The best thing about Napster was getting almost any music you could think of in a moment, for free.
The second best thing, a close second, was surfing other peoples' collections. For a few months in 2001, almost every week, I discovered new bands and unknown albums and singles of bands I knew already. I would browse the collections of people who were sharing stuff I liked, and sometimes just download everything -- everything I didn't already have. Since I was on a T1, that could take just a few seconds in some cases. I would have a week of new music to discover, from the collections of people around the country and possibly the world, in an instant.
I wish there had been some way to pay for Napster rather than having it shut down. Both iTunes and the new-style (free, illegal, Torrent-based) file-sharing services pale in comparison, both in user experience and in sense of community (or lack thereof) -- Napster had community, even though I never once made any contact with another user I didn't know, except by downloading and sharing music with them. I'll always be a Napster kid.
I agree with those who say don't bother with Dvorak. I taught myself Dvorak around 2000 until giving it up in 2004 (fighting with library computers throughout the intervening years). I might have been a little faster in my prime at Dvorak, but not much, and that training probably could have been better spent practicing QWERTY.
In theory, maybe Dvorak is faster for someone like you, whose typing is fast enough to challenge his max raw finger speed, because of reduced stretching for common letters. But I would say with the retraining there is *risk* -- learning a new layout kills your old muscle memory. Seems all too possible you might confuse your muscles, tangle up your pathways and never get to where you are at QWERTY, or back to where you were if you switched back.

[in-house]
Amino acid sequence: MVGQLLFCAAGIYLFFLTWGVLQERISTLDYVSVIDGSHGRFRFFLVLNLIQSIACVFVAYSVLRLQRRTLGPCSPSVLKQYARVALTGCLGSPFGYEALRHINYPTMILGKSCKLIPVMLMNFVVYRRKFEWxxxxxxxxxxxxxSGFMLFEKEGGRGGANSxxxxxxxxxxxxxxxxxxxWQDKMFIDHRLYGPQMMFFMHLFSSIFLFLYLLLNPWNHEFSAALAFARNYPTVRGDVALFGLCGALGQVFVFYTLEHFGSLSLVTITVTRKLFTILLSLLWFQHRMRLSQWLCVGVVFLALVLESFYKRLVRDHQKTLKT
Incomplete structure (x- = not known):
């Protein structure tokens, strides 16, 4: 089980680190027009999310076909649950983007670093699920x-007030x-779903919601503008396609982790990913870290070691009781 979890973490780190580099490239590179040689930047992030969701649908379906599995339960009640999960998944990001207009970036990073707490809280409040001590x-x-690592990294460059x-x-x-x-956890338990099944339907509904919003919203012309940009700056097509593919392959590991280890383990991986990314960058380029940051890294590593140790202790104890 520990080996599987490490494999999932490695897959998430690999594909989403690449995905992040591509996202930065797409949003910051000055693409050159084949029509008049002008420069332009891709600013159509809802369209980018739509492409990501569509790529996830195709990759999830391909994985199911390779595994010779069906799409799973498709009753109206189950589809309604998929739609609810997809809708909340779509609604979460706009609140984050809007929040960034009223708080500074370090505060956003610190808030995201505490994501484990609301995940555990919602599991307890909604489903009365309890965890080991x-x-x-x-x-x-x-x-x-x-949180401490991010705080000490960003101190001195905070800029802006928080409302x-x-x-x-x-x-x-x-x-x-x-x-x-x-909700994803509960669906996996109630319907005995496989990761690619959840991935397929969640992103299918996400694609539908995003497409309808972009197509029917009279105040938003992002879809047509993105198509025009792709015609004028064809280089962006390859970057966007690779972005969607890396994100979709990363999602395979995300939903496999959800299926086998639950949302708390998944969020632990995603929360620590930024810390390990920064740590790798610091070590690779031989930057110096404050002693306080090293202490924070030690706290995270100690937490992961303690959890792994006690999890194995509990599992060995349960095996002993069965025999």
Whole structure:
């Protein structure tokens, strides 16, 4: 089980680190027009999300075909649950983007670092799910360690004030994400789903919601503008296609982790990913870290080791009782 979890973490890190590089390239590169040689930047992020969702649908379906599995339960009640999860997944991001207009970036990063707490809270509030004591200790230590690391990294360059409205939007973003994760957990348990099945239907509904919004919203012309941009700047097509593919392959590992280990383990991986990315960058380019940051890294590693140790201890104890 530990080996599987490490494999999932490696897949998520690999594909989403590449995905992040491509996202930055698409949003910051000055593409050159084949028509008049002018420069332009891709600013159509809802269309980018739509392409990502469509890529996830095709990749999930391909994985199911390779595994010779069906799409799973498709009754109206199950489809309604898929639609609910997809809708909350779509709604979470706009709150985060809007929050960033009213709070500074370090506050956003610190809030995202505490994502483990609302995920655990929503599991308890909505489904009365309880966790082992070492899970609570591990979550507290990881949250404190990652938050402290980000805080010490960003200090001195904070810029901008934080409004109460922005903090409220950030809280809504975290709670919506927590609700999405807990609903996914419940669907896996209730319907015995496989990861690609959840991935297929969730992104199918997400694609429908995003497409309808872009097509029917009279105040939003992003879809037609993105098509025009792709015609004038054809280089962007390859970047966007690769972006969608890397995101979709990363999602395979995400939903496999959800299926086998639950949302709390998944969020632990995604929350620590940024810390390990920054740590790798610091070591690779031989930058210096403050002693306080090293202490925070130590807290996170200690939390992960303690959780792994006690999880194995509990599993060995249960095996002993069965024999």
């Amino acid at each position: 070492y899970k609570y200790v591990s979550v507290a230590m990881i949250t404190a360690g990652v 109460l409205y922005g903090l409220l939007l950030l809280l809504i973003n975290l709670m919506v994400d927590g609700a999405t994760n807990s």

It is true that the world's fastest English-language typist used Dvorak, however. Barbara Blackburn was a certified Guinness record holder, a Dvorak electric typewriter typist who once maxed out at 212 wpm, and for her efforts was once on Letterman. The Letterman segment is very silly: http://www.youtube.com/watch?v=NndiiezGkNY. NB, the days of the true specialist expert typists are past, alas.
If you think you are pretty good, check out video of Sean Wrona competing at SXSW in 2010. Seems like there is a little circuit where you can try out your stuff and maybe win a bit of cash.
No, I'm not tired either. This is a story that must be told so everyone knows how deplorable Apple's legal strategy is. Apple is cannibalizing the very culture of creativity and innovation that created its success; ultimately, legal impediments like those Apple is throwing up will kill the U.S. tech industry -- yes, and with it, Apple itself -- unless the courts and Congress wake up and put an end to this nonsense.
SOPA died when Congress started hearing from the innovators, the entrepreneurs, and the young people. They heard from them through informal channels, from social media to their own dining room tables (see this article and the linked livestream of Alec Ross at SMWNY 2012 telling this story). Similar forces will be needed to knock back Apple's lawyers and lobbyists bring our IP system into the modern era.
Apple's strategy, though it clearly started well before Jobs died, now it seems to originate in fear: without Jobs at the helm, is the pipeline of new and original products deep enough to support anything like this level of profitability? Apple's actions, like Microsoft's in the 1990s, appear to be those of an industry leader afraid it might be losing its creative edge. A justifiable fear, but not one that we should favor with legal protections for invalidly obvious patents like Apple has been granted in error over the last 10 years. We need to keep calling Apple out on this, and not give the company a free ride just because we like or love its products of the last 5, 15 or 25 years (including NeXT!).
Put not your trust in money, but put your money in trust.